C.W. Pencil Enterprise. Founded by Caroline Weaver, she is in the business of pencils – very cool pencils. She has a shop in New York, as well as an online presence. Her top 5 customers spend $3,000 to $4,000 on pencils annually. She is getting the headlines as being a profitable business, as capture by this article in Bloomberg. I am not sure if it is a million dollar business, but she is living out her life passion.

Million Dollar Website

The year was 2005, and Alex Tew was a student who wanted to get some money to pay for his third year at the university. His bank account was empty, and it seemed that all he had was a notebook and a pen. However, that was enough to come up with a brilliant idea.

He wrote down just one question on his notepad: “How can I become a millionaire?” After 20 minutes of a heavy brainstorming, he got the answer. So he said to himself: “What if I can sell one million pixels of advertising space on a website for $1 per pixel? This is one of those crazy, quirky ideas, but it just might work. I’ve got nothing to lose anyway.”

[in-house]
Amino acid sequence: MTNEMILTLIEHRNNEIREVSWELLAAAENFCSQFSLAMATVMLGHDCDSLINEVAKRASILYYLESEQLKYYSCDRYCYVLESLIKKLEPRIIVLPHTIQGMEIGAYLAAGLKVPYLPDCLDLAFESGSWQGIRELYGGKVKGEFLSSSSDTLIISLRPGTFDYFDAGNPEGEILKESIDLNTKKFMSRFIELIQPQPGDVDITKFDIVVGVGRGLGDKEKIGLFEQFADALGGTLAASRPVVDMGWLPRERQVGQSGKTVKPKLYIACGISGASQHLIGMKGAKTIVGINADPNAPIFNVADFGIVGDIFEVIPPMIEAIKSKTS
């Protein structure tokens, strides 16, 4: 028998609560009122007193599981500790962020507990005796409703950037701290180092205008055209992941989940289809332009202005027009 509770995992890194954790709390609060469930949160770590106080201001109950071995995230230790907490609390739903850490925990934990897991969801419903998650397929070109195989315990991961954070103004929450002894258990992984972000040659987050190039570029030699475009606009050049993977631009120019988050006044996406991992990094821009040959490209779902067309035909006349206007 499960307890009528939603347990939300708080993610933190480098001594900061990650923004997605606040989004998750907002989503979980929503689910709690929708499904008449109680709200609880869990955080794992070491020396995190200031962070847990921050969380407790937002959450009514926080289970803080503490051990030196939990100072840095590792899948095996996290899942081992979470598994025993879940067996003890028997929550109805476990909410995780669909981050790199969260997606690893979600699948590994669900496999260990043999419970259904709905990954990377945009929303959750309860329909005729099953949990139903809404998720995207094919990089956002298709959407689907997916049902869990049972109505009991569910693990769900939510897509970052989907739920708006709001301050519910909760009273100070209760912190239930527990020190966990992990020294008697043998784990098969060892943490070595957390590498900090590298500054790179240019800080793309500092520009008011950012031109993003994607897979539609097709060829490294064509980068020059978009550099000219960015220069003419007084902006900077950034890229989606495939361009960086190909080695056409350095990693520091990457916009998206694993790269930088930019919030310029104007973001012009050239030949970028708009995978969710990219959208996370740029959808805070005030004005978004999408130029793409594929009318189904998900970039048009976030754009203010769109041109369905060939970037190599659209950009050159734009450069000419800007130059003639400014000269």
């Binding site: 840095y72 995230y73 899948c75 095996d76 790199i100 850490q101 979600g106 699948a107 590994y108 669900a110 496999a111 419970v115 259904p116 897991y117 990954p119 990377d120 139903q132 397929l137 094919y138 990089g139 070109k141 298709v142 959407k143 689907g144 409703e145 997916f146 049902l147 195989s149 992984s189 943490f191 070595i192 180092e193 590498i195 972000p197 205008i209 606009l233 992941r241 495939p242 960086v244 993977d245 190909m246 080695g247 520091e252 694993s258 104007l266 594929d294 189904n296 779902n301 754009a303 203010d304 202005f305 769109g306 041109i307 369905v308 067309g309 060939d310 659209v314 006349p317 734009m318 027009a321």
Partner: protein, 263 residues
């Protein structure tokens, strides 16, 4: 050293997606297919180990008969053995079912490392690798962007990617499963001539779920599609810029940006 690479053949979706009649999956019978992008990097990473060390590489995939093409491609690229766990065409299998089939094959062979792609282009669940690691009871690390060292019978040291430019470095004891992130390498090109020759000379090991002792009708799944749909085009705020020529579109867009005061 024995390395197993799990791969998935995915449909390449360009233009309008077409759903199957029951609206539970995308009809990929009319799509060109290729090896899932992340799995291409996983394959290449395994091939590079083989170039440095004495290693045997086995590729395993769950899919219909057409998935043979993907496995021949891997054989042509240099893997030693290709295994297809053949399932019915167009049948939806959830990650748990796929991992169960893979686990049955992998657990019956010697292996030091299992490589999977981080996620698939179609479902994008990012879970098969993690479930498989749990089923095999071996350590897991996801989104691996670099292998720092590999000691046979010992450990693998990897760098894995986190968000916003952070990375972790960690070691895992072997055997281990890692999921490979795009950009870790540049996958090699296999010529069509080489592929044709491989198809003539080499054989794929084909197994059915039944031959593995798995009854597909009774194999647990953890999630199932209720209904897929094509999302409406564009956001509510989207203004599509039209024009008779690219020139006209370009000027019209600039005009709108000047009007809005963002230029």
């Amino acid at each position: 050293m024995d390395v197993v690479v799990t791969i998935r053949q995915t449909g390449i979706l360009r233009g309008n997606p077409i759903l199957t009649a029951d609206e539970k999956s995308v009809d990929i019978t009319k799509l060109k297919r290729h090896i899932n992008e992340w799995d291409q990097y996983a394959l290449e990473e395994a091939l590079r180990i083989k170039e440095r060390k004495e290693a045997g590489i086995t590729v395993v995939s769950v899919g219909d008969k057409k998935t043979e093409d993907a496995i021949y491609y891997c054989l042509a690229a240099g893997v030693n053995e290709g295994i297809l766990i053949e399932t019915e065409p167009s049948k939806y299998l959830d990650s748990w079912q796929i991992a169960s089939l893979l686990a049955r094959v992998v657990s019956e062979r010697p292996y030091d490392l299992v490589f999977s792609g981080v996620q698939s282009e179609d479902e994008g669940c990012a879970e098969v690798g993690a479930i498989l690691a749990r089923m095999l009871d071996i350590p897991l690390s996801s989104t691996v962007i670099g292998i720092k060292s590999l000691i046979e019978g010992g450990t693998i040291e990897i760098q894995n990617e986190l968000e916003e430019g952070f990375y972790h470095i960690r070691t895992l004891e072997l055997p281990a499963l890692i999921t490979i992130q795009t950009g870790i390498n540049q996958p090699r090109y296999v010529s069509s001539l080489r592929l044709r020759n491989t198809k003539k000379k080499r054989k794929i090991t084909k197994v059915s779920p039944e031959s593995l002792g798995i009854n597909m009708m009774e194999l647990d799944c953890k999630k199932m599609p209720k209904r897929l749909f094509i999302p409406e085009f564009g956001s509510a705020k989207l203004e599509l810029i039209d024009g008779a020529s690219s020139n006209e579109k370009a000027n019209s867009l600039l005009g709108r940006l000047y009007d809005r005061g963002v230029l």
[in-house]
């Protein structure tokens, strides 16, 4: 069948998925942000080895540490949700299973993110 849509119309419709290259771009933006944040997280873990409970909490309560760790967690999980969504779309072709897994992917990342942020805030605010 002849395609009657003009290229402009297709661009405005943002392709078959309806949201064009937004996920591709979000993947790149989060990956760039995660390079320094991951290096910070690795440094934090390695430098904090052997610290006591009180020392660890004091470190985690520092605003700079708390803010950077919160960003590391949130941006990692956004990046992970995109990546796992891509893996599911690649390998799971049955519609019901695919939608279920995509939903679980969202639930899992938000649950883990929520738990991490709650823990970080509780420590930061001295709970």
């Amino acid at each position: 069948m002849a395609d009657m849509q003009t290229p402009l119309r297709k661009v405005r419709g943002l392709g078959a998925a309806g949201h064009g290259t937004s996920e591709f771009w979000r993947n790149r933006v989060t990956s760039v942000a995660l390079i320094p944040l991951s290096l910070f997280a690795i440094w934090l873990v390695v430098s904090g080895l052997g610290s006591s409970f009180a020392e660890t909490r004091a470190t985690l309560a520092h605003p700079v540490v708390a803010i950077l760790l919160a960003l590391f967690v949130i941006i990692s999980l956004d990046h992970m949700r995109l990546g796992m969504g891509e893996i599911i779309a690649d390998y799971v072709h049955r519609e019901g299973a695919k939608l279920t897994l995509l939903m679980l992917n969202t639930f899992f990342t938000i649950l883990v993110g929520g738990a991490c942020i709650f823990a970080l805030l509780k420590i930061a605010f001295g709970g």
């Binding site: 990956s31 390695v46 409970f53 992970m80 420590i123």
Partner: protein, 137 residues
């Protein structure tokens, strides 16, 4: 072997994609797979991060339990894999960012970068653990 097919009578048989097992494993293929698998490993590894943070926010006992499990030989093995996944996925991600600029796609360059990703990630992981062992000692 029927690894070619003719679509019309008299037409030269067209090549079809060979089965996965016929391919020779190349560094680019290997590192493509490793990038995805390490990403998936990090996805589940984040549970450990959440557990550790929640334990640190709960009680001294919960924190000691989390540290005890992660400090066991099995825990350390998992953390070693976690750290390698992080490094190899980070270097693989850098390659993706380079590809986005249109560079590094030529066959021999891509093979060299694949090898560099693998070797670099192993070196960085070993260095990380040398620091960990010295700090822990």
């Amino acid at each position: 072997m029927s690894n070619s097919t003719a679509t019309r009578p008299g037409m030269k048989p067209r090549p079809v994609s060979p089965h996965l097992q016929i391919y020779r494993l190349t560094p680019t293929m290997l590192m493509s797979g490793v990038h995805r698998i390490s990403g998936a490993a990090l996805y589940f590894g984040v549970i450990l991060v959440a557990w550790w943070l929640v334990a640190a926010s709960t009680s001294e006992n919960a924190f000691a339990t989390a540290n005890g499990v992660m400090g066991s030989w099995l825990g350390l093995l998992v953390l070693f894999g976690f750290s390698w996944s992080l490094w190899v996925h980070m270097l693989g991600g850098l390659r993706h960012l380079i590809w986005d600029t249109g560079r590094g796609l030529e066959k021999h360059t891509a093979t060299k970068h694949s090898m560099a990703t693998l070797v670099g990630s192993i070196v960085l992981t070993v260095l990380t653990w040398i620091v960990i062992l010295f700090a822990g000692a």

So he borrowed $100 for the domain name and basic web hosting. If to get into details, Alex’ idea was very simple: businesses can buy at least 10×10 or larger blocks of advertising space for a $1 per pixel and place their logos and links on the website. Then Alex convinced some family members and close friends to buy the first 1,000 pixels. He also assumed his idea could be an intriguing story for the media, so he made sure to contact the local press.

Like you’ve already guessed, Alex hit the bull’s eye. The word quickly spread through the media and within two weeks he sold $40 000 worth of pixels. In no time, the website was discovered in more than 35 countries and just in five months he made $1 million. Enough to pay his college, right?

He sold the remaining pixels on Ebay. The last ad space on his site was bought for $38,000. “I’ve spent probably about $40,000 maintaining the site and publicizing it, so there’s been some degree of expense to keep it going. But still–it’s a healthy profit at the end of the day.” – happy Alex says.

Potato Parcel